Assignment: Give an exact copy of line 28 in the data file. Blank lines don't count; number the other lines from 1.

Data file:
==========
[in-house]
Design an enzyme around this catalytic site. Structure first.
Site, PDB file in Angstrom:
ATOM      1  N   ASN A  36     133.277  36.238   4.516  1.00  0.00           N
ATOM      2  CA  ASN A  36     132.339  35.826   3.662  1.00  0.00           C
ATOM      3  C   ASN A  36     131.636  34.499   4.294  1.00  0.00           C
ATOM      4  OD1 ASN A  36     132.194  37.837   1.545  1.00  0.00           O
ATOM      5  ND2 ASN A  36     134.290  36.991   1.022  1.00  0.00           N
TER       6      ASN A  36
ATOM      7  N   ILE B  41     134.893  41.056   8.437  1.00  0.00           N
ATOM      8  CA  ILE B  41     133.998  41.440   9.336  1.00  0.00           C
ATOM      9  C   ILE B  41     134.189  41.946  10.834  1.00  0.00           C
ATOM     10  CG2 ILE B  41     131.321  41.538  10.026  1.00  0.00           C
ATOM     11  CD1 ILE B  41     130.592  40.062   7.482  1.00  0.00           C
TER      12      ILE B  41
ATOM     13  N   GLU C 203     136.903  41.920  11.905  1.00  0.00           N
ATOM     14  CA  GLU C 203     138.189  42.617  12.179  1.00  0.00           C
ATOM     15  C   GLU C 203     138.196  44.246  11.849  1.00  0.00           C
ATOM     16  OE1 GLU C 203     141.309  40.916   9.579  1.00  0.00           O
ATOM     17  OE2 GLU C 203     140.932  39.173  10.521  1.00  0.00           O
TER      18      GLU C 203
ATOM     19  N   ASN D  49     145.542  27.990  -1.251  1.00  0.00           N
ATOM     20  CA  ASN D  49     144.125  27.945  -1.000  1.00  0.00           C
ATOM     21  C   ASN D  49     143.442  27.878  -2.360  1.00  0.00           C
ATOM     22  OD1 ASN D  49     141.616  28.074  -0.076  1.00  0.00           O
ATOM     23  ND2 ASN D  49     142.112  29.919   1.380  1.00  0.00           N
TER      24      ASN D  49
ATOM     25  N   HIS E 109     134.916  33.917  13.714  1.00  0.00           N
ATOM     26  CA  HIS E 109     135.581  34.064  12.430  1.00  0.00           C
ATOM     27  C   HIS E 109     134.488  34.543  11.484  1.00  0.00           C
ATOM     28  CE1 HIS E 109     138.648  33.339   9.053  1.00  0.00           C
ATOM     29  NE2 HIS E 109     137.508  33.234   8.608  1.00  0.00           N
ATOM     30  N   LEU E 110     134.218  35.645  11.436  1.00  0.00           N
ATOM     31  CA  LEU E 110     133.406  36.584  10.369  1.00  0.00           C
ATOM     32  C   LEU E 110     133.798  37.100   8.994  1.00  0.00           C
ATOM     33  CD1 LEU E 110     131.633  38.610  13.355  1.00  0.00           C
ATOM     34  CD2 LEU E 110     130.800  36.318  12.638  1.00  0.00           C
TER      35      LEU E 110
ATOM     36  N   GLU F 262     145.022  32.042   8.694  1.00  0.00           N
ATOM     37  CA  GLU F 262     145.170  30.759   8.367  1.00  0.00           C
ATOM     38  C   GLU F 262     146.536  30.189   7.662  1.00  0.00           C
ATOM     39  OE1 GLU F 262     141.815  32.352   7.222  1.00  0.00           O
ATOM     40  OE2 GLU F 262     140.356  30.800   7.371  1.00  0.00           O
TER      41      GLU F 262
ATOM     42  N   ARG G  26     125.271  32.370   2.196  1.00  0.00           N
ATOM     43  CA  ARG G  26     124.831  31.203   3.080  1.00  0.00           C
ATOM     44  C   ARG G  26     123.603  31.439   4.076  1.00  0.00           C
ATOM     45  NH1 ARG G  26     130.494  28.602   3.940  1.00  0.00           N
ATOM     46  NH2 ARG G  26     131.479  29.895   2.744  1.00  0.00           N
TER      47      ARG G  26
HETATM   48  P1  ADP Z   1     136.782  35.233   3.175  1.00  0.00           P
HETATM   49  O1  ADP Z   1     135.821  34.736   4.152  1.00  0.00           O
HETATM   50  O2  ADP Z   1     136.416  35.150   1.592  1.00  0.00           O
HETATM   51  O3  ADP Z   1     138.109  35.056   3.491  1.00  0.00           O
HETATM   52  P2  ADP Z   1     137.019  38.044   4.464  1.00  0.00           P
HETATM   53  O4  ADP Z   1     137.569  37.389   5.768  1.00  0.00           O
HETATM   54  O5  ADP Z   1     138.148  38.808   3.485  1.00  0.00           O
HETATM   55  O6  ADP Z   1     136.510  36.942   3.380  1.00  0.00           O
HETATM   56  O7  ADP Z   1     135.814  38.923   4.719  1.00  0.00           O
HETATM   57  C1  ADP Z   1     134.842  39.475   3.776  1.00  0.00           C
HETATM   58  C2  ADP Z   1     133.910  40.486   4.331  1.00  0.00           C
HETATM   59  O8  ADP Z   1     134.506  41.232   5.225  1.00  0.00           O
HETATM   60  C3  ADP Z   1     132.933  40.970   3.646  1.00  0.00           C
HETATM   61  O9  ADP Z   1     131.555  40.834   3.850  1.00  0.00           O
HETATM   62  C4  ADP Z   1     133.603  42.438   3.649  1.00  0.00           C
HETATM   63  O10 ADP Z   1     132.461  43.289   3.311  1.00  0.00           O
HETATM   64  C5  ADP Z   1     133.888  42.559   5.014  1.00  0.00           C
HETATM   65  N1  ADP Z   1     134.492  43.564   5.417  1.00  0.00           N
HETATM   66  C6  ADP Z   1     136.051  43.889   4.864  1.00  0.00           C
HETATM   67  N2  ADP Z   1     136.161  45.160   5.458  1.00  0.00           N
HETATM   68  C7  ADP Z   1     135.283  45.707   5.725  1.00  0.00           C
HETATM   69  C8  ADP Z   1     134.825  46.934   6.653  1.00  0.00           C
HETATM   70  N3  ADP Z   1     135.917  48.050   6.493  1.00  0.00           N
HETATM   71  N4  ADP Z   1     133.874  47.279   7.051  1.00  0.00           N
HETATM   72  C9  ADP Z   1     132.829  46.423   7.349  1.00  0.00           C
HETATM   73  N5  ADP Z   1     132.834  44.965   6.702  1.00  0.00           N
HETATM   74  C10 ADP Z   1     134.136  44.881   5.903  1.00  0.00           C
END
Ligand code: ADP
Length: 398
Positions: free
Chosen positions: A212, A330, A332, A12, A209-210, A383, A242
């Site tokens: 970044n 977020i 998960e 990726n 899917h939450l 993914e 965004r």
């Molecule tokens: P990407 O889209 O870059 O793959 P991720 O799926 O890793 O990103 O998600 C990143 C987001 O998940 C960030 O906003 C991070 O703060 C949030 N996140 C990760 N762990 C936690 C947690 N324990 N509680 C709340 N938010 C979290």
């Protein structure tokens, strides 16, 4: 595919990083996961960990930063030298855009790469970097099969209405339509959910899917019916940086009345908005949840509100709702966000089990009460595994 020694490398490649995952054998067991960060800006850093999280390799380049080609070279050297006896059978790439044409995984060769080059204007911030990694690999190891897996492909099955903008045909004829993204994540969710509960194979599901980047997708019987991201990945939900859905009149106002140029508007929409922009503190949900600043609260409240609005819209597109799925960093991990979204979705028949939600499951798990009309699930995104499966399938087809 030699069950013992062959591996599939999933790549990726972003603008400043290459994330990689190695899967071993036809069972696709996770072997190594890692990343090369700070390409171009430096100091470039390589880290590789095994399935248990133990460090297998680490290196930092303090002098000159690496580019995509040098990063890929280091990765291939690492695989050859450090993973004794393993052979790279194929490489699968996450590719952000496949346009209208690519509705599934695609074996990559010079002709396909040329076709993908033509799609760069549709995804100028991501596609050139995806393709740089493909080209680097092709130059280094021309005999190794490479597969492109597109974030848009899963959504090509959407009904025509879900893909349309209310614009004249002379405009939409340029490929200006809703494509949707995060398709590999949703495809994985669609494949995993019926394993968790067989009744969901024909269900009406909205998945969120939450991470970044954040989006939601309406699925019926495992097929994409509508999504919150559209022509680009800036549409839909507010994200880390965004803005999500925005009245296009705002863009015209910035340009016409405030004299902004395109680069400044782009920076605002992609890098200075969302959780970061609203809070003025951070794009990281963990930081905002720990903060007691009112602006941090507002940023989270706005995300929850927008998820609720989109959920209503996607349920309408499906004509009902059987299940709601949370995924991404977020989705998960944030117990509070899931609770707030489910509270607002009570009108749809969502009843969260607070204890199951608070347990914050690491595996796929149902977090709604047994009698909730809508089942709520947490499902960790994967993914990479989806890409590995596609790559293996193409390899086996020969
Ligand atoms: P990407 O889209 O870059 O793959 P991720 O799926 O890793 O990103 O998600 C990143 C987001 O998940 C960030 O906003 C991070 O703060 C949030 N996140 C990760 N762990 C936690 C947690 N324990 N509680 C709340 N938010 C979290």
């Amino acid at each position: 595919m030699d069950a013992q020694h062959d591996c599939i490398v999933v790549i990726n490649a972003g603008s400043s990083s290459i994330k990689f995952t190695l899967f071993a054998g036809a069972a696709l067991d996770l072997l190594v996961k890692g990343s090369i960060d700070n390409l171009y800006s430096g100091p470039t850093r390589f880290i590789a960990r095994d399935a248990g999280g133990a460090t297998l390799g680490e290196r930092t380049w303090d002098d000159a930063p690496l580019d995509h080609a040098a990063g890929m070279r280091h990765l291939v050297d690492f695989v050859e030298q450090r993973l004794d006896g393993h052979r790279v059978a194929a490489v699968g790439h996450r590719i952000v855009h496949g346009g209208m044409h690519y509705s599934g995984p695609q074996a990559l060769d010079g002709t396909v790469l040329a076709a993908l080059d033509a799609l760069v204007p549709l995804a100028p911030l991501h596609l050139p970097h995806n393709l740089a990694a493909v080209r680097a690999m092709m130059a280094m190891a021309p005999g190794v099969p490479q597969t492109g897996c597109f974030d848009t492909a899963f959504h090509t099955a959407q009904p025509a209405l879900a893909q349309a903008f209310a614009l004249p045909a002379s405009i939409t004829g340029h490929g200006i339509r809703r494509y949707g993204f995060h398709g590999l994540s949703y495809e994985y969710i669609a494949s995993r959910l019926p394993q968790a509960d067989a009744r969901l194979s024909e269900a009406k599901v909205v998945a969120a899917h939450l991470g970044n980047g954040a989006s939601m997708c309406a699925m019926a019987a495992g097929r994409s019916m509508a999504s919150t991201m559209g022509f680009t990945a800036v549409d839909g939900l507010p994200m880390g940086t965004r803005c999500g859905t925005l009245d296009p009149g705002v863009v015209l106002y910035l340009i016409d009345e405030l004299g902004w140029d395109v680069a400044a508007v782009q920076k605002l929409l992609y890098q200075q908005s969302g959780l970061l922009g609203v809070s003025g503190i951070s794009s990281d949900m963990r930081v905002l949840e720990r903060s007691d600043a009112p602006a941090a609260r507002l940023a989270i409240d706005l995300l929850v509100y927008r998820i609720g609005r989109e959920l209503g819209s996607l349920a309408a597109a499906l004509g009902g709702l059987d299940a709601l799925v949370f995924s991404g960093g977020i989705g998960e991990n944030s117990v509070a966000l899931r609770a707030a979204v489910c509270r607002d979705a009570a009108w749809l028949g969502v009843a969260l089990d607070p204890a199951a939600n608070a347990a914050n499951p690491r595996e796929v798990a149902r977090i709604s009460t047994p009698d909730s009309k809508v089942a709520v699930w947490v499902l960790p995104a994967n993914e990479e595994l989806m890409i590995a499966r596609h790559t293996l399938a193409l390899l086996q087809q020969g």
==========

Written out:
ATOM     25  N   HIS E 109     134.916  33.917  13.714  1.00  0.00           N